MEP raises concern on acrylamide in food with EC

Nationalist MEP Candidate Francis Zammit Dimech has expressed his concerns to the European Commission about worrying levels of cancer causing chemicals in food stuffs.

According to Zammit Dimech, the cancer causing acrylamide had been found at alarming levels in food like bread, biscuits and crisps in 10 EU member states. This in spite of the introduction and enforcement of the acrylamide legislation Regulation (EU) 2017/2158 in April 2018.

The MEP candidate was particularly worried given that this food could be imported and consumed by Maltese citizens and particularly harmful for children.

Test food products against cancer causing acrylamide – consumers

Acrylamide is understood to be a carcogenic substance which is created during the high temperature cooking, frying, roasting and baking of food stuffs.  The Scientific Panel on Contaminants in the Food Chain of the European Food Safety Authority (EFSA) took the stance in 2015 that it increased the chances of cancer in consumers.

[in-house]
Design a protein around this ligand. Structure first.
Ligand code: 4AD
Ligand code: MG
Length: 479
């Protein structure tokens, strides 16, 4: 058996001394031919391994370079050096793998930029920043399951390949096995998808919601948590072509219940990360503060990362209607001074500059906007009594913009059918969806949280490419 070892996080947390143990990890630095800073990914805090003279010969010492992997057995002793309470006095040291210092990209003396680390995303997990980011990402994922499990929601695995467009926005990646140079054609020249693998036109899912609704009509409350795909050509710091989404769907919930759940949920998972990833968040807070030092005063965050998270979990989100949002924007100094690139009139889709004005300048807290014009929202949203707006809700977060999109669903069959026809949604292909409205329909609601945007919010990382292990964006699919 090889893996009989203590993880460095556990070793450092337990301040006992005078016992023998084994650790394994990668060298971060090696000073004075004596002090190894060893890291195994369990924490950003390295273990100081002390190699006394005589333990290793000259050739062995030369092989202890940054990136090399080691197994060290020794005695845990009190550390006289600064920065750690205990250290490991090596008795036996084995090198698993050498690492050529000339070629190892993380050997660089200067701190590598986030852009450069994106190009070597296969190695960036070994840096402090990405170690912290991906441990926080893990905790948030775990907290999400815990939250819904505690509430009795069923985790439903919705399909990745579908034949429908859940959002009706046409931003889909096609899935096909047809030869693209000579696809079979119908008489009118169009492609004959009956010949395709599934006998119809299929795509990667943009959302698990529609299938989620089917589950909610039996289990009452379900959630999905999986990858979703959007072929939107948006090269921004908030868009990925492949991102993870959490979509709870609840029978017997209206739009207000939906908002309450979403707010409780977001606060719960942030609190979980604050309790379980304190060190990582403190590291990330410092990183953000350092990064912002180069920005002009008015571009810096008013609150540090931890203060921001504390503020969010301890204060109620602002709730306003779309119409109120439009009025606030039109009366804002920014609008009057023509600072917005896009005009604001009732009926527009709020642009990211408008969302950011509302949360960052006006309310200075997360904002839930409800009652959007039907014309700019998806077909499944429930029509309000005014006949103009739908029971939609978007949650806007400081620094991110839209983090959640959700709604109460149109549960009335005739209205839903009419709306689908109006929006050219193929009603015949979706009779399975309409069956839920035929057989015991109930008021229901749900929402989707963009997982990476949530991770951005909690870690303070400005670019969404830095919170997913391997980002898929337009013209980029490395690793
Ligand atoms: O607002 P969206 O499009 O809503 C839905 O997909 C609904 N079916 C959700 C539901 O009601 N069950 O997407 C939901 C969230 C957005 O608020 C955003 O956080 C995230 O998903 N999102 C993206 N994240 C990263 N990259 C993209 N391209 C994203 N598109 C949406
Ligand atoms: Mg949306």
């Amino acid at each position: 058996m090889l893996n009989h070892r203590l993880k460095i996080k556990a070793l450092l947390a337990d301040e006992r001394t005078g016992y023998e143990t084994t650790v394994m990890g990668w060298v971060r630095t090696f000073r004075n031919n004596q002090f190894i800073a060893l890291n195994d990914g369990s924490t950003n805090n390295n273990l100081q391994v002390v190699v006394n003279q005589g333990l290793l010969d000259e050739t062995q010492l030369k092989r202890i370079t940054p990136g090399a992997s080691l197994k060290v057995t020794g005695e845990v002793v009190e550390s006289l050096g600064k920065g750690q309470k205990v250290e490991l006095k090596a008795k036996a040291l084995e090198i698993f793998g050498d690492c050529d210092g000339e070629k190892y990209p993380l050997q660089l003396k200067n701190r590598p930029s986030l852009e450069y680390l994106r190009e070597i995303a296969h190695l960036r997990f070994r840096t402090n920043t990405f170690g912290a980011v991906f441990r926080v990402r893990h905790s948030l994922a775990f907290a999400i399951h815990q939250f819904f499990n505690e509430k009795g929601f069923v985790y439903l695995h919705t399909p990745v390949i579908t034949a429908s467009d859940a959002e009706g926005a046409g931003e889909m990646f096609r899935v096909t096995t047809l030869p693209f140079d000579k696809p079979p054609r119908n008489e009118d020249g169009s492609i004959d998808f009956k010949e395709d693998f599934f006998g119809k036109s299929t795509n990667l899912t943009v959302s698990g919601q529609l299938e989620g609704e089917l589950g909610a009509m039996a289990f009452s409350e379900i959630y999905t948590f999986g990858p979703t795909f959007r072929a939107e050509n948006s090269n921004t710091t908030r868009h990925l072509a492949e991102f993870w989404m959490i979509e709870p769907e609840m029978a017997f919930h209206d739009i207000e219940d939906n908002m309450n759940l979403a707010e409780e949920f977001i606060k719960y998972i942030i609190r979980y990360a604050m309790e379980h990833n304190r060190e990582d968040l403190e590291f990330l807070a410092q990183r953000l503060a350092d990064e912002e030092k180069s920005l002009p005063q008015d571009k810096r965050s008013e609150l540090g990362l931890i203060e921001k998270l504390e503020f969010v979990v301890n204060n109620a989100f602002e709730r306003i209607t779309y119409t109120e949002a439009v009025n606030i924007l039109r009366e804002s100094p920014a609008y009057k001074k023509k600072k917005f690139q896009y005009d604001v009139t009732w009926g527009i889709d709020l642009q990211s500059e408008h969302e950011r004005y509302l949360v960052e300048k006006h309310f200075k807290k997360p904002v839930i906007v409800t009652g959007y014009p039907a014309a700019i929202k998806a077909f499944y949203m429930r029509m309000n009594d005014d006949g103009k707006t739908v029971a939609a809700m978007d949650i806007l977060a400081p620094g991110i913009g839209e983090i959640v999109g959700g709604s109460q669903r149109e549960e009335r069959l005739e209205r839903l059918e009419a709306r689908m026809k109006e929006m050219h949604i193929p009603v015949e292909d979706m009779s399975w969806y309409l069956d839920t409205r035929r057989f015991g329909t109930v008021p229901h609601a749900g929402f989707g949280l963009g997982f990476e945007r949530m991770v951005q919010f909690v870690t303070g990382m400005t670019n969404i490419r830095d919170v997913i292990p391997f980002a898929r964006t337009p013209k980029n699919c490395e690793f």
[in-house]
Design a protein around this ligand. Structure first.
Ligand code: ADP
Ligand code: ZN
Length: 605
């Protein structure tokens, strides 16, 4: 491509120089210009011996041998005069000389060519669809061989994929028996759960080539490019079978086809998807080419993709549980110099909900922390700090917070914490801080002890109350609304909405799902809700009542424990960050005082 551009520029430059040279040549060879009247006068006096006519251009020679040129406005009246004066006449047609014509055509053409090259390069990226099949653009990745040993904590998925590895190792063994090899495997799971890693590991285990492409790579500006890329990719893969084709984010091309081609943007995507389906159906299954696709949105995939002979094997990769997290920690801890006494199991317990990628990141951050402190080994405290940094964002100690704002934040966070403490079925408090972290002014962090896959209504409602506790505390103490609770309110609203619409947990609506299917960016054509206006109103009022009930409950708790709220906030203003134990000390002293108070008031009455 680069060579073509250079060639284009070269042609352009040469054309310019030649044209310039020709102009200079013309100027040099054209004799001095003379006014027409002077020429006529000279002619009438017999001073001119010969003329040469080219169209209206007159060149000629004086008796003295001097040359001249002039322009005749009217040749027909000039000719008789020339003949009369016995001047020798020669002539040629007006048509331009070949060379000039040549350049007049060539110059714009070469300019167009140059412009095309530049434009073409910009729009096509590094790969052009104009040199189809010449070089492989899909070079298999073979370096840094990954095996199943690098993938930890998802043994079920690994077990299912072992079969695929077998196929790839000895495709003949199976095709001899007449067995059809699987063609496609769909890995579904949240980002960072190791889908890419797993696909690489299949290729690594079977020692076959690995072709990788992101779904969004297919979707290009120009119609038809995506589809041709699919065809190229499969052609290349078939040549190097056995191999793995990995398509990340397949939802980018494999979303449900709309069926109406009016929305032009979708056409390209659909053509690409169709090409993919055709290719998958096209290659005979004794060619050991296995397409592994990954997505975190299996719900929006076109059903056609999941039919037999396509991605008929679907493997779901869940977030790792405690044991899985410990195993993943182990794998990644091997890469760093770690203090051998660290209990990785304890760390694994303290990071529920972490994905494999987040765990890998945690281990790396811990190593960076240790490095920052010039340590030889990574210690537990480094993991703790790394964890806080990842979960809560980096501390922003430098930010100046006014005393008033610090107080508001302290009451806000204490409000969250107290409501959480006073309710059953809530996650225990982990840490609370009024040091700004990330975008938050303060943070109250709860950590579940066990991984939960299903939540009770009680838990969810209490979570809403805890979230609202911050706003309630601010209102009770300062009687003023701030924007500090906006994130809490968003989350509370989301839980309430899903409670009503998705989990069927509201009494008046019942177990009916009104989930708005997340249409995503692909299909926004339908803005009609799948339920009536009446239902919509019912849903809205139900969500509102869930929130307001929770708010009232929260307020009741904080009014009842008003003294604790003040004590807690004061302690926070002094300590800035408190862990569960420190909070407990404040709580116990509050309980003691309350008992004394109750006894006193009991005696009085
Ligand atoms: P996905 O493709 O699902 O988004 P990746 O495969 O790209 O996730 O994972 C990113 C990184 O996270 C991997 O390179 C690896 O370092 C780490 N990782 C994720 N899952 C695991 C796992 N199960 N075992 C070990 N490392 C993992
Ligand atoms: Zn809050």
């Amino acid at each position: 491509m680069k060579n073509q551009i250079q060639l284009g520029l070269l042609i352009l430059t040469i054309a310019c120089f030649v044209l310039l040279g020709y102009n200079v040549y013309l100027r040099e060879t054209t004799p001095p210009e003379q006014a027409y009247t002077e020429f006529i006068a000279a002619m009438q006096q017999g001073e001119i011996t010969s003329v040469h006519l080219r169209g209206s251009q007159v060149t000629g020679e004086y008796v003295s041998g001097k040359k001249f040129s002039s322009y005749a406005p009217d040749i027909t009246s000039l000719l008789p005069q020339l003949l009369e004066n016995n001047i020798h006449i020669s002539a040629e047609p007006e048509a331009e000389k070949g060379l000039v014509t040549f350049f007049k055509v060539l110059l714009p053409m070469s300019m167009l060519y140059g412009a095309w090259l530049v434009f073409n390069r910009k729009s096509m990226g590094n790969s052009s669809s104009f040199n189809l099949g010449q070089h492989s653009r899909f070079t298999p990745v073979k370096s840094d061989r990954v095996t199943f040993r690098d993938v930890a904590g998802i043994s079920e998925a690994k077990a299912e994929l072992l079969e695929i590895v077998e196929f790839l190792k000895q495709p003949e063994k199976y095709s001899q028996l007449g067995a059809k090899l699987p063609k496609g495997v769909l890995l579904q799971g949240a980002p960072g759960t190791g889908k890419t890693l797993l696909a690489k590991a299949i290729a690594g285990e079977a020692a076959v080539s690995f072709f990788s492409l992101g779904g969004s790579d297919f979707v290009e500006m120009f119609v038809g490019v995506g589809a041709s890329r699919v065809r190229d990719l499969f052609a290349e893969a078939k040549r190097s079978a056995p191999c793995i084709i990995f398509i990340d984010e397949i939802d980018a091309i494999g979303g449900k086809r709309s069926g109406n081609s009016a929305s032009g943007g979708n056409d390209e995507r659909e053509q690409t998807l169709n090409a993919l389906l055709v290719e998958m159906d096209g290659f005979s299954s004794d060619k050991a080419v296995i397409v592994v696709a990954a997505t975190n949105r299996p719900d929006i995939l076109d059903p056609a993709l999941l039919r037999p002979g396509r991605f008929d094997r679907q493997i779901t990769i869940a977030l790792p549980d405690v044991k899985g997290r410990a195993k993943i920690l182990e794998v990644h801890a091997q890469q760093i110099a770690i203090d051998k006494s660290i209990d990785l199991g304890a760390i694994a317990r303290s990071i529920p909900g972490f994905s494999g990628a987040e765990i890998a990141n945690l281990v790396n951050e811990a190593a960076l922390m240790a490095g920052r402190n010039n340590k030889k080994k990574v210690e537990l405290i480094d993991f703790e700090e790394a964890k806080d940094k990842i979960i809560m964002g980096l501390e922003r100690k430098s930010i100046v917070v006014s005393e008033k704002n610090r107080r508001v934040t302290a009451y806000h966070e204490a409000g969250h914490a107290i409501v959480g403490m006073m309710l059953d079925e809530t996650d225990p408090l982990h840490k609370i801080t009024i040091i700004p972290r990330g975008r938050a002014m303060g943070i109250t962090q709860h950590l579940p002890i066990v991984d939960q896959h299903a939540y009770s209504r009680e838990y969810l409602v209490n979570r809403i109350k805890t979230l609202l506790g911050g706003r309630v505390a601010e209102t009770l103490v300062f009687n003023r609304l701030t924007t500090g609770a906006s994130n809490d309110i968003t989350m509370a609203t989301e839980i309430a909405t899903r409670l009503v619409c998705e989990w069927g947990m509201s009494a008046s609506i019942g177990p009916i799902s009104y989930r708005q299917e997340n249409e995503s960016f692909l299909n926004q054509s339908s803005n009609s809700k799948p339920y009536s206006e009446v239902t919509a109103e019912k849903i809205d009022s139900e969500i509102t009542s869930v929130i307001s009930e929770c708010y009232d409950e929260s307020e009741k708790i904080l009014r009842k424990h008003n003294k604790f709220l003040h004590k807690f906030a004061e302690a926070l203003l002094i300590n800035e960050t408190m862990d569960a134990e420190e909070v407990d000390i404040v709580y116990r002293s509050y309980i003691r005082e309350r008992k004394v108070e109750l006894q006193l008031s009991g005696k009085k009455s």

In response to Zammit Dimech’s questions Vice-President Jyrki Katainen of the European Commission, explained that food companies are responsible for monitoring the levels of cancer-causing chemicals in food like biscuits and crisps. The VP also explained that the European Member states should also be inspecting food business operators to ensure they complying with EU regulations.

Katainen also stressed that it was up to food operators to ensure that food stuffs and sampled and analysed to ensure that, ‘the levels of acrylamide are below the set benchmark levels.’

He added that discussions were underway over how to approach maximum levels of acrylamide in certain foods, ‘complementary to the measures provided by Regulation (EU) 2017/2158.’

According to Zammit Dimech, the European Consumer Organization (BEUC) had presented its opinion that benchmarks should introduced for ‘vegetable crisps’ and other potato food stuffs like croquettes, croissants and rice crackers.

The MEP candidate concluded calling on the Maltese authorities to carry out product tests to check the levels of the chemical in the local food production.